The beginning of Sunday met me again with another Japanese lesson, the last of the month so next week I can treat myself with a lie in. My normal teacher was absent meaning that I was taught by the teacher I had briefly last week. She avoided teaching by the book and seemed more interested in me as she saw the tattoo on my arm, rather than trying to teach me things. Although I made some progress in writing in Japanese as she got me to translate sentences from English and write them in hirigana. Also for once, I was not the only white person in the class, there was a fellow Englishman. I talked to him after class and he said that he has been living in Japan for 6 months with his Japanese wife, doing freelancing teaching. Although he seemed a bit pissed off with everything as he said that he had not made much progress in learning Japanese or in his rogue teaching.
After class Teru picked me up to go to the Kuki shimin (市民) festival, shimin meaning citizen, so basically a festival for all the towns people put on by all the towns people. We met Shunsuke and Komiko there and started to wander around. The festival consisted of a couple of stages, lots of food stands and various other sources of entertainment, such as a working model shinkansen (bullet train) that people could ride. There was a range of traditional acts performing on the stages, such as Japanese dancing, mostly made up of groups of elderly women, and drumming. Although there was also more modern western influenced acts, such as groups of young girls dancing provocatively to hip hop and rap, which just seemed a bit wrong to me, but in hindsight the kids were too young to understand and it was most likely the case that most people watching could not speak English so the dirty lyrics washed right over them. What interested me most was the abundance of different food stands not only selling every Japanese food that you could think of but food from all round the world. I witnessed, among others things, fresh soba noodles being made. First the dough was rolled extra thin, then folded over and over until it was something that resembled puff pasty. The man then thinly sliced the dough up and with a quick shake it turned into a bundle of noodles, which I thought was pretty impressive. After walking around for a while a precession of several mikoshi (a kind of portable shrine) started, which children took part in holding. Shunsuke wanted to take part in the carrying, however the whole procession took a long time and he started to get really tired not long through and he had to duck out and pass out in the car.
The beginning of week back at work consisted of mainly of the normal routine, apart from preparations for the Halloween parties that the school is holding. On Monday I taught Sachiko, the middle aged private student, and confused her with “such as” and made her think that “toast” was simply the word for sliced bread. Tuesday was another obscenely long day as we had Kuki Kindergarten morning classes again, and this week we were held up for a while because a police demonstration was taking place showing the kids how to cross the road properly, letting them have pictures with the police car and things like that. It was quite nostalgic as I remembered having that sort of thing at school. Later in the evening, one of the junior high students fell asleep in class which did not help me feel any less tired. After that long day was over I went out and treated myself to some garlic ramen. On Wednesday, we got ready for the first Halloween party for the students at Fudoka preschool. Although when we got there we were told that 10 students were absent so we were forced to save it for next week and had to make up a lesson on the spot. Machiko, the owner of the school, Teru’s aunt and an Intersect student, gave me a chart of the hirigana and katakana alphabets copied from one of the children’s Japanese texts books, which has cute pictures of something that begins with each of the characters, it made me feel like I was 4 again. In the junior high class in the evening we got talking about pokemon, which got them really interested and they got me to draw some on demand as they found it hilarious. I think they were quite surprised I knew about pokemon at all. How little they knew.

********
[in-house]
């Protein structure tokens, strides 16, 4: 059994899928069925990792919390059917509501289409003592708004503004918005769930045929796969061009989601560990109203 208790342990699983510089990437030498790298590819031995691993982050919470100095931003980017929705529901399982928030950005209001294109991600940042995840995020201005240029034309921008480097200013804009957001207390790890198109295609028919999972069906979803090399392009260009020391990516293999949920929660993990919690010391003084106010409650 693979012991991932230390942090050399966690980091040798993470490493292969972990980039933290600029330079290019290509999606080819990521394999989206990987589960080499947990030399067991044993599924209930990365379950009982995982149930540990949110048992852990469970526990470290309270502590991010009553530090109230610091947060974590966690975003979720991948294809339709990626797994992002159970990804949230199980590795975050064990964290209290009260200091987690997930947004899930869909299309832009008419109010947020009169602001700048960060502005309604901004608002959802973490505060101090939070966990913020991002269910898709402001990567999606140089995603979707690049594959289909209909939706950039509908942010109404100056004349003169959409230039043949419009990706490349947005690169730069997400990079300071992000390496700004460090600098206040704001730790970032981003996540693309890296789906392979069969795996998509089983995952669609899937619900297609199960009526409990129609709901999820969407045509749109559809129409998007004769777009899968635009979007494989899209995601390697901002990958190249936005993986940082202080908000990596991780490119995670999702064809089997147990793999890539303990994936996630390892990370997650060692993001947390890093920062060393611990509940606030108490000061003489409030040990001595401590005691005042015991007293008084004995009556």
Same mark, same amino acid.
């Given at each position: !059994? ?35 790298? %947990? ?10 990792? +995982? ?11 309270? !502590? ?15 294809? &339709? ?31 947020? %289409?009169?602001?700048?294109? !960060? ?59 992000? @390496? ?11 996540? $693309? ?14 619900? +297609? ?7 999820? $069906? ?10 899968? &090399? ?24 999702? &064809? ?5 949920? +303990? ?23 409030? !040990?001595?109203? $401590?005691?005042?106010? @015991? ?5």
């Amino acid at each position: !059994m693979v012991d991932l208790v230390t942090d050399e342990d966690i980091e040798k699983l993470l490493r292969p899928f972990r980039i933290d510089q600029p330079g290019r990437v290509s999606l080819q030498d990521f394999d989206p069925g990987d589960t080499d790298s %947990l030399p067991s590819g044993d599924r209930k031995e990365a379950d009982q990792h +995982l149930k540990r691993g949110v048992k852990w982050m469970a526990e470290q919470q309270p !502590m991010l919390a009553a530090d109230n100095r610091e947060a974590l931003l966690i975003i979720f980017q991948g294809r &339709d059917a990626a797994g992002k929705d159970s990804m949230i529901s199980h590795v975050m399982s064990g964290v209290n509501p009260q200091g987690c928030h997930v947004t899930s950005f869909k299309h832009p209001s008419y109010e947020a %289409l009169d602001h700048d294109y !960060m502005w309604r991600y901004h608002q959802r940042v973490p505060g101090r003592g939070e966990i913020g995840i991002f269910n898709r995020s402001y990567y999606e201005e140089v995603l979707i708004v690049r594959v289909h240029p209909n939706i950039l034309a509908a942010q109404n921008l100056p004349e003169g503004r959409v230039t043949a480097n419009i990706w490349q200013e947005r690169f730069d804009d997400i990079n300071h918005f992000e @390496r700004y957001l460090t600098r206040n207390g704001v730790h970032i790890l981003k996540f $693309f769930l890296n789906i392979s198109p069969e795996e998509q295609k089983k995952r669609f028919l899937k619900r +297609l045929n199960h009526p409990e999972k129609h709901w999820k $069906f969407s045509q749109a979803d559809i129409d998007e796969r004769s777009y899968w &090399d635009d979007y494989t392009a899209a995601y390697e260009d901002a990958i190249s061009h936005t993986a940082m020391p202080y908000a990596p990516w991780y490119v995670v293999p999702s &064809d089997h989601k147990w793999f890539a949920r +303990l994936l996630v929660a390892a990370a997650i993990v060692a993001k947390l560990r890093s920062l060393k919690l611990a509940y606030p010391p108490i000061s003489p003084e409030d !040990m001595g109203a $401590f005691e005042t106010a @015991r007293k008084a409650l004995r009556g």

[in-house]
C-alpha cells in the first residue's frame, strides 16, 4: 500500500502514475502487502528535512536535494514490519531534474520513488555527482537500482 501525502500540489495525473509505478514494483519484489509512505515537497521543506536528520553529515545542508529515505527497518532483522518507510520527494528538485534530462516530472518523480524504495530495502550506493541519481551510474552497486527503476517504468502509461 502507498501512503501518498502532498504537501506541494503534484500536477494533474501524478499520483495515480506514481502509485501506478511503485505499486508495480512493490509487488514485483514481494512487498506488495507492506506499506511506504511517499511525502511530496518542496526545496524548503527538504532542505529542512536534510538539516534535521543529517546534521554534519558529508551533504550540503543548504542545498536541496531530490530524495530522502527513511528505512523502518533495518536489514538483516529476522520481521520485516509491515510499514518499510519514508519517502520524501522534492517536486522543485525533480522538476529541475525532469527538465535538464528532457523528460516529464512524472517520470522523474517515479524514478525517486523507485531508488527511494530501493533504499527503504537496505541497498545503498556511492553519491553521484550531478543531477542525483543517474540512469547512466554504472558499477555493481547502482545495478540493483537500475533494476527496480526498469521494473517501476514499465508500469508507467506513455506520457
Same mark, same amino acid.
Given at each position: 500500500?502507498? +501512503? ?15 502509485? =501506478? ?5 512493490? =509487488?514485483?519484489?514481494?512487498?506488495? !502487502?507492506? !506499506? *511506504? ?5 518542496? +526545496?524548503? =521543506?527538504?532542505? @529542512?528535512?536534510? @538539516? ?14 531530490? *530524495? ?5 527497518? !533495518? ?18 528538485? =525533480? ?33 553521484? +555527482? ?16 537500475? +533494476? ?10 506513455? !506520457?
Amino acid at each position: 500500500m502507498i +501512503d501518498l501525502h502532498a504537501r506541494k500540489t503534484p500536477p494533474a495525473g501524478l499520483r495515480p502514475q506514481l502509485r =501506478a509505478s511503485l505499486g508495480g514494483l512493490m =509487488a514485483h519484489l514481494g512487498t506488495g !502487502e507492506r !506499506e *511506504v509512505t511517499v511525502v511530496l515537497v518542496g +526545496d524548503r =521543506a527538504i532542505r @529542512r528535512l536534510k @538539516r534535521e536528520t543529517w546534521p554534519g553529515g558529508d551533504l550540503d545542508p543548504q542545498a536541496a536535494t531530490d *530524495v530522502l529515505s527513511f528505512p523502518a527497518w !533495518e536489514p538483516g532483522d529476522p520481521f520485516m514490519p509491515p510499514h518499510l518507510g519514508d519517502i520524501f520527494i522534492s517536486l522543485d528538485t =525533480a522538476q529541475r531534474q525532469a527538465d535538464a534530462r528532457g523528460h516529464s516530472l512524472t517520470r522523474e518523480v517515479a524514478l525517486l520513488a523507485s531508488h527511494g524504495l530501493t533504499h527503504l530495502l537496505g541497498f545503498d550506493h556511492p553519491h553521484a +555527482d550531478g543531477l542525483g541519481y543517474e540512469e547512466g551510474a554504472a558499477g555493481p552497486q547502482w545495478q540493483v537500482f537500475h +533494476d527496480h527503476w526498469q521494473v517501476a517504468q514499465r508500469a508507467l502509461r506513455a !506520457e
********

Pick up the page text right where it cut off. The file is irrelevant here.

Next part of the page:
As the Halloween party at Fudoka got postponed until next week, the first one was on Thursday afternoon for the Kuki Kindergarten extra-curricular kids. Teru dressed up as Dracula and, out of what I found in the cupboard at Intersect, I dressed up as a pirate. The party was a mixture of arts and crafts and games. We got the children to make a picture by gluing bits of card shaped like ghosts and pumpkins to a black background. This ended up taking for ever as we did not account for children spilling glue everywhere and getting more of it on them than the card. We ended the party by giving all the children a goody bag after they each said “trick or treat” to me.